Attackers misuse the good reputation of AV companies to spread malware


Experts at G Data SecurityLabs have been made aware of a nasty scam that attackers are currently using to spread specific variants of the ZeuS banking Trojan. Fake invoices with an infected attachment claim to have been scanned for malware and rated as harmless by G Data or Sophos – which is a brazen lie!

The email

It should be noted that there are two different aspects to this email, depending on whether the potential victim views it as text-only or as an HTML version. The screenshots show the difference:

The text-only version of the email suggests that the email has been checked by Sophos:
"No malware found in this announcement. Checked by Sophos."

The HTML version, on the other hand, is supposed to be safe following a check by G Data:
"No virus found in this notification. Checked by G Data."

The original message that recipients see when an email has been successfully scanned by a G Data security solution (and the option to show information has been enabled) looks like this:

However, both versions of the fraudulent email are attempting to get the recipients to do the same thing – open the attached file in which the supposed invoice is located. Neither the email text nor the subject line or sender of the email give any indication of what the recipient is actually being invoiced for. This is one way of making the potential victim quite curious, although the situation should make alarm bells ring – no business should (and, we hope, would) be sending invoices to its customers in such an unprofessional way.

The infected attachment

Many users have the file extension display switched off in their system, as this is the default setting for Windows systems. This means that the actual file ending (.scr) for the file within the zip file is hidden from them. .scr files are executable files, and in the current case, double clicking them starts the malware running, not, for example, opening the zip archive, as the name without the file ending (and the icon used) would suggest. G Data security solutions recognise the initial malware file ( as Trojan.GenericKD.1654498.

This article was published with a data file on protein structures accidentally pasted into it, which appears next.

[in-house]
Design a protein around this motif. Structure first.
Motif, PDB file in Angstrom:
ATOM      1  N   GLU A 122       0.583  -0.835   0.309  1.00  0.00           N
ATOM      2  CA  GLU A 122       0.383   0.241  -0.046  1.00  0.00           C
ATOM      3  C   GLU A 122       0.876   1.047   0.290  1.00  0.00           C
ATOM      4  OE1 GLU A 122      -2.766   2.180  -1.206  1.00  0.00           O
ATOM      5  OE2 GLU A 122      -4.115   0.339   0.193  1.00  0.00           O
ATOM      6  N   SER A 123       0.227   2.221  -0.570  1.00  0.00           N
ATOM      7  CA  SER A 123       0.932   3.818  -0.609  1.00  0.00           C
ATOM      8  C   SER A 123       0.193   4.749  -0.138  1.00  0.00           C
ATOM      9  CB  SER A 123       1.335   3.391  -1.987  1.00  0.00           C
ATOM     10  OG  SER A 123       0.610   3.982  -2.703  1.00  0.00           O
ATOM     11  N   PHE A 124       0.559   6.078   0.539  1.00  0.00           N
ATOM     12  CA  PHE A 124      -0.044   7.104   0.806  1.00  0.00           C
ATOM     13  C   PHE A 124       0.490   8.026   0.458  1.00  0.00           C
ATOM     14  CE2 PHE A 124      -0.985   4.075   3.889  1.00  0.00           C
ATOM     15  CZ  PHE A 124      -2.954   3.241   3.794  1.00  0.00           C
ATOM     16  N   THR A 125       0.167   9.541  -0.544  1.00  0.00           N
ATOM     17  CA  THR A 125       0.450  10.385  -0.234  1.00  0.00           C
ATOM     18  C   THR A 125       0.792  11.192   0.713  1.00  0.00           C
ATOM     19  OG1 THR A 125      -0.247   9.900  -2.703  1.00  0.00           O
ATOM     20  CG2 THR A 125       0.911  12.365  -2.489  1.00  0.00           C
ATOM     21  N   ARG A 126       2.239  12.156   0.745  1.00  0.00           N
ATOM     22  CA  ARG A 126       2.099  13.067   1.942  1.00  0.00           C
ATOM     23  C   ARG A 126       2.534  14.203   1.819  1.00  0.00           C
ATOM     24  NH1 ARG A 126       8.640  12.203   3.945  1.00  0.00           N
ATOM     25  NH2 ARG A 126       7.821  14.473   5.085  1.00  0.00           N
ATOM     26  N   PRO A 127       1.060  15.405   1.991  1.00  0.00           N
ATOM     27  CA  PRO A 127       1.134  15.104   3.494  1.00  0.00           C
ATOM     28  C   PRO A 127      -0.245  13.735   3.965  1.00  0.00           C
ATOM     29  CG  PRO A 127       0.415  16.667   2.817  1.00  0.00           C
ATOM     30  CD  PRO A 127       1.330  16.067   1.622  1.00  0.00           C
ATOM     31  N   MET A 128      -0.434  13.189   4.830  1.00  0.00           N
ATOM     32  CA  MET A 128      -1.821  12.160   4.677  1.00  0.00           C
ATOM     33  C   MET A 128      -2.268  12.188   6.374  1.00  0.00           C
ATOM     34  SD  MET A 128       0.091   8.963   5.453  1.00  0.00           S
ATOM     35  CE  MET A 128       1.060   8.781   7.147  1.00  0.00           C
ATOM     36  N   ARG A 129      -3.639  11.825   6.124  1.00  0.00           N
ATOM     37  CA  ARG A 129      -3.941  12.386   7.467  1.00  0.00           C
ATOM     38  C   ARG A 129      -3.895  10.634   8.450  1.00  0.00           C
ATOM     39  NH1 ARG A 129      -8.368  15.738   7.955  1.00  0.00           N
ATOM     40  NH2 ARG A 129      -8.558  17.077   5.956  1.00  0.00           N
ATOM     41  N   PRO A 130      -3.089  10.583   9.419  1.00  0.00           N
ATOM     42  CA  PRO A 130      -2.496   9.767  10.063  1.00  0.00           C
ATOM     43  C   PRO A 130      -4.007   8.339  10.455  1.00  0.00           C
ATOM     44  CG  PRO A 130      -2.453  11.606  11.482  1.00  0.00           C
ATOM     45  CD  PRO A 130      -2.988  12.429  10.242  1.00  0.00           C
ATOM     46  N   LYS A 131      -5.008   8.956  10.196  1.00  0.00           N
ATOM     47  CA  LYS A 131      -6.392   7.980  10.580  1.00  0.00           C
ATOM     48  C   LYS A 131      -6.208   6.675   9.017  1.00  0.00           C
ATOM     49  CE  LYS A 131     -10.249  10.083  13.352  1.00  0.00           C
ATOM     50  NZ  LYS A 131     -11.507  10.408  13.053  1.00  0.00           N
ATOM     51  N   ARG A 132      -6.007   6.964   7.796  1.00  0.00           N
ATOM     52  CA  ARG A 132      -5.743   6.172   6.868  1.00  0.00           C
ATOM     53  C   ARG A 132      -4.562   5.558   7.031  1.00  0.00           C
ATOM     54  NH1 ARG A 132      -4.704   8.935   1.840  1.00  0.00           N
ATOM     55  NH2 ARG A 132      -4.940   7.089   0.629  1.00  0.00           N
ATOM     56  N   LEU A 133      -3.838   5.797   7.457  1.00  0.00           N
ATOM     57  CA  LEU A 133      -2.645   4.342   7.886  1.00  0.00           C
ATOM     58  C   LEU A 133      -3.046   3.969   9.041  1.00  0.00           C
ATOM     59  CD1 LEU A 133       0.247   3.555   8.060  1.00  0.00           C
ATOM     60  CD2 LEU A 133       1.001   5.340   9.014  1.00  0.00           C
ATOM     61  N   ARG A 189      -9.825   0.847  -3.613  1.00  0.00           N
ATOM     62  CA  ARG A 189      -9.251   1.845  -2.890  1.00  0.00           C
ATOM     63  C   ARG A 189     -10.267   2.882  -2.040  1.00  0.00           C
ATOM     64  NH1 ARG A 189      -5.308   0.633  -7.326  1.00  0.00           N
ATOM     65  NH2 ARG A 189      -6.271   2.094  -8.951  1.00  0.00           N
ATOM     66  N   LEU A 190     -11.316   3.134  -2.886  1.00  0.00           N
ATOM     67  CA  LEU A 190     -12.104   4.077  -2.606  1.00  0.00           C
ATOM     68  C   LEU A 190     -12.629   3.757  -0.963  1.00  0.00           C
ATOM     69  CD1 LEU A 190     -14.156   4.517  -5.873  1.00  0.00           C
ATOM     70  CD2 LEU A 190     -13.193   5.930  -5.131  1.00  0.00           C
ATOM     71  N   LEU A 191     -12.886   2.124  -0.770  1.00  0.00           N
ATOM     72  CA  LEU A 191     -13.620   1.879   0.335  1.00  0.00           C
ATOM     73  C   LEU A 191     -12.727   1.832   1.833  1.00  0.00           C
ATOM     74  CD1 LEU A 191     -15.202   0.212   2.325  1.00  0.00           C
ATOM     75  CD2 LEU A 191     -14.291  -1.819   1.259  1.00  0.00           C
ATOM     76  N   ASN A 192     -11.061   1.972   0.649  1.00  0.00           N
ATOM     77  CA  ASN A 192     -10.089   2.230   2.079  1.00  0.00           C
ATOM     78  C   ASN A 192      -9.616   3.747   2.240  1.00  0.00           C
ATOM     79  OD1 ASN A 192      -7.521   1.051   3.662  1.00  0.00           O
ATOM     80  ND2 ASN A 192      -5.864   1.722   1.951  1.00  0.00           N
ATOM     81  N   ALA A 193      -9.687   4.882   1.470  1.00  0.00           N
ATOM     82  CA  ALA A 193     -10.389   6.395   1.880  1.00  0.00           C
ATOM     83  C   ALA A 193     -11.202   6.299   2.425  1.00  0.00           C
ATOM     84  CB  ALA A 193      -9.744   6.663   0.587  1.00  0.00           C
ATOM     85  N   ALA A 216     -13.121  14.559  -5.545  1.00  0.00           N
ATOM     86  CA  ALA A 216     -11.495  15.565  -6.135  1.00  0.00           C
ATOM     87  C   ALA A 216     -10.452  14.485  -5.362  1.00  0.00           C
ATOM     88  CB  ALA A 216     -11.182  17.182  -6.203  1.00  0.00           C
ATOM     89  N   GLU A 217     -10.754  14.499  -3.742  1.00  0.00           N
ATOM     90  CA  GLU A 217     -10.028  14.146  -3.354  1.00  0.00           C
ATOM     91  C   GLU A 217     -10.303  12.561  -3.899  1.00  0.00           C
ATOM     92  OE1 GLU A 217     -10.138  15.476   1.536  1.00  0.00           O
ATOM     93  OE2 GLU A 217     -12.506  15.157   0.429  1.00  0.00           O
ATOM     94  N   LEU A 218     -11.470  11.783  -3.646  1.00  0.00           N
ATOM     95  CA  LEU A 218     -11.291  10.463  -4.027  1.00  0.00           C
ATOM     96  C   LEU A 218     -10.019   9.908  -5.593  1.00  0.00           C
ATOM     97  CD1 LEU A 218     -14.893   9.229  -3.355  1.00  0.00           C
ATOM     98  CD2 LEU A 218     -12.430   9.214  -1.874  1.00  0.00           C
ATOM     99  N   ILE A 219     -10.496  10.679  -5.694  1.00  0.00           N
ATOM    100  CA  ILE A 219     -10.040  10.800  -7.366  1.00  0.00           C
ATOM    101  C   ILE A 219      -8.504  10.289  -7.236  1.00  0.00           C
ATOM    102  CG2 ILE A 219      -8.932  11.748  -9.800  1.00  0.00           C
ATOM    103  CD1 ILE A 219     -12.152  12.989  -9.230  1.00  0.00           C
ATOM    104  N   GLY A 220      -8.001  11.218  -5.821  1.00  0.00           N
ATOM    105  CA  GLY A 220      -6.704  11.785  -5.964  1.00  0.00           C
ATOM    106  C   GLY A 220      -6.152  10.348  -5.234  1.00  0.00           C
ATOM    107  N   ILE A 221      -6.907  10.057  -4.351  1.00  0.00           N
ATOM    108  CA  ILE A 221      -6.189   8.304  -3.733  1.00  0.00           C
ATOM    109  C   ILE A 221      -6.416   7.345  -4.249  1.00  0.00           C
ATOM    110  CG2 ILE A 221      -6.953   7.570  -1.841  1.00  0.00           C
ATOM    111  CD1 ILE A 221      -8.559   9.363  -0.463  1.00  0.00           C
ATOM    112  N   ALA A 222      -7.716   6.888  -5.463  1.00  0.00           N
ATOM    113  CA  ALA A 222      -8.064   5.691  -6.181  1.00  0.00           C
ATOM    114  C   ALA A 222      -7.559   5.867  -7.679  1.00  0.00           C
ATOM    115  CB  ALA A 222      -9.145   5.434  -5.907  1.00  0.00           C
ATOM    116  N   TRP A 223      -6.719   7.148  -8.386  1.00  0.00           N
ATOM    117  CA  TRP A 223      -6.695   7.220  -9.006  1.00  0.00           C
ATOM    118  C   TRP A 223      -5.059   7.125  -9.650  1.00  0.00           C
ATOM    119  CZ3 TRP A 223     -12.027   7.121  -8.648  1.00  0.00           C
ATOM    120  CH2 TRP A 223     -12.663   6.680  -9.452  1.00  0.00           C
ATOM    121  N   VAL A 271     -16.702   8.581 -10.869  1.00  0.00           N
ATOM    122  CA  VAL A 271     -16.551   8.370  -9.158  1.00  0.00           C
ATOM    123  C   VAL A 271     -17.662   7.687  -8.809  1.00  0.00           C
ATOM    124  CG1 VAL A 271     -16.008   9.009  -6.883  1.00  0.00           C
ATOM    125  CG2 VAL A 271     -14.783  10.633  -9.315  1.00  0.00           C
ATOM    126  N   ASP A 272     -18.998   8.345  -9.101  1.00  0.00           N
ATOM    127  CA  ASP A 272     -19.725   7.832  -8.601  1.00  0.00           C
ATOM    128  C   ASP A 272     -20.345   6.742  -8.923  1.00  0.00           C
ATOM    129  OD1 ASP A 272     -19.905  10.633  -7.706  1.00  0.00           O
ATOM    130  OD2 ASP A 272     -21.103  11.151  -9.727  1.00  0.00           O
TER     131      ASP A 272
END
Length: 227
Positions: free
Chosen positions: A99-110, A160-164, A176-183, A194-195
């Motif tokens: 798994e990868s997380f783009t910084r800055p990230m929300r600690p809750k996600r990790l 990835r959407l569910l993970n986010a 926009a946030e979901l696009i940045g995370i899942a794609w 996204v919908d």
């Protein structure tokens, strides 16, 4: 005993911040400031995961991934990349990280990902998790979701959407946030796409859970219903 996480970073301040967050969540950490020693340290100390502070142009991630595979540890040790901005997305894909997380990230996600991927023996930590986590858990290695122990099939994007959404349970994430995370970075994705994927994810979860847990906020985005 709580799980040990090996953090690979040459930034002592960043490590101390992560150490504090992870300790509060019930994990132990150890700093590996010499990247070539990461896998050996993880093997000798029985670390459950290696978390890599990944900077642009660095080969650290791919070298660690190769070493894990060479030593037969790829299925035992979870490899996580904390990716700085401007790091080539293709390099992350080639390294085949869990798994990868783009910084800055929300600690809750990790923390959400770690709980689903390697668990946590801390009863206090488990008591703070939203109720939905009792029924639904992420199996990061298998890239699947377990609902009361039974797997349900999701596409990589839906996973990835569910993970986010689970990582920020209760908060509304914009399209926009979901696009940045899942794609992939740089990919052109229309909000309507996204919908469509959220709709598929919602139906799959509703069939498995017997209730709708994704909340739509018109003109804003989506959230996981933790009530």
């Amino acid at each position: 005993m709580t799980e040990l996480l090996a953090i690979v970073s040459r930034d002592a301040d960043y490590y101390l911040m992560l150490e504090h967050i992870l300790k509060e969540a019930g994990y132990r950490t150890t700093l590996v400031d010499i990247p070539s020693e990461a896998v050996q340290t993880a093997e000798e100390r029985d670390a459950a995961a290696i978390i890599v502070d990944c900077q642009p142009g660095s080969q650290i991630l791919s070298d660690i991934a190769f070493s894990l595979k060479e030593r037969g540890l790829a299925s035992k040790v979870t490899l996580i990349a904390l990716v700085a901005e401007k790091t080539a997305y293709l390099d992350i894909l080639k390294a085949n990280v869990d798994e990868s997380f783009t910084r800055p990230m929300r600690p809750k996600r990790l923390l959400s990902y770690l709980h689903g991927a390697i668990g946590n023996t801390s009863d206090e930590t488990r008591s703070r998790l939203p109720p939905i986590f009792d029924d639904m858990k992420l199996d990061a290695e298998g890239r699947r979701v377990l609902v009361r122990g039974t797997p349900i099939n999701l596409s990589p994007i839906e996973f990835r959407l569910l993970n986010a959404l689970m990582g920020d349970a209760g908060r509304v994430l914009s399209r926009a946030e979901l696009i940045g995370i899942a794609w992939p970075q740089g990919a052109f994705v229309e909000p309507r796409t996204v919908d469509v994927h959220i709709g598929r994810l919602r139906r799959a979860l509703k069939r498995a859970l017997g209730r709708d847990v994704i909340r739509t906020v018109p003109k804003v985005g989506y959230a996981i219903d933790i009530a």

After running this screensaver file, encrypted code is decrypted in the memory, and this then overwrites the encrypted code. This produces a minimalist downloader, which contacts a predetermined list of URLs again and again, to download a new malware file (an .exe file) from there. As soon as a download from an address is complete, the downloader runs this .exe file on the PC and then shuts itself down.

The .exe file contains code that is decrypted in the same way as the downloader was. However, in this case the decrypted code results in a Trojan horse from the ZeuS family, which in this case involves a variant with Necurs rootkit functionality. The ZeuS malware is identified by G Data security products as Trojan.GenericKD.1655050.
In its SecurityBlog a few days ago, G Data reported on a case involving very similar malware, which was also being distributed by email: Password protection does not automatically mean secured.


  • Email from unknown senders or services and companies you have no affiliation with should be treated with caution! If an email looks strange or foreign: ignore it, delete it, but under no circumstances open attachments or click on URLs.

  • Spam emails should never be responded to either. All a response does is indicating to the fraudsters that the address they wrote to is actually valid.
  • If you find out that one of your contacts is sending unusual emails or instant messages, contact them – ideally using a different communication channel than the one via which the suspicious message came.

  • Using an up-to-date comprehensive security solution with a malware scanner, firewall, web and real-time protection is an absolute must! A spam filter that protects you from unwanted spam emails obviously also makes sense.

  • Make Windows show you the right file extensions. Instructions for the different versions as well as a ‘Fix it’ package are available on the Microsoft website "How to show or hide file name extensions in Windows Explorer".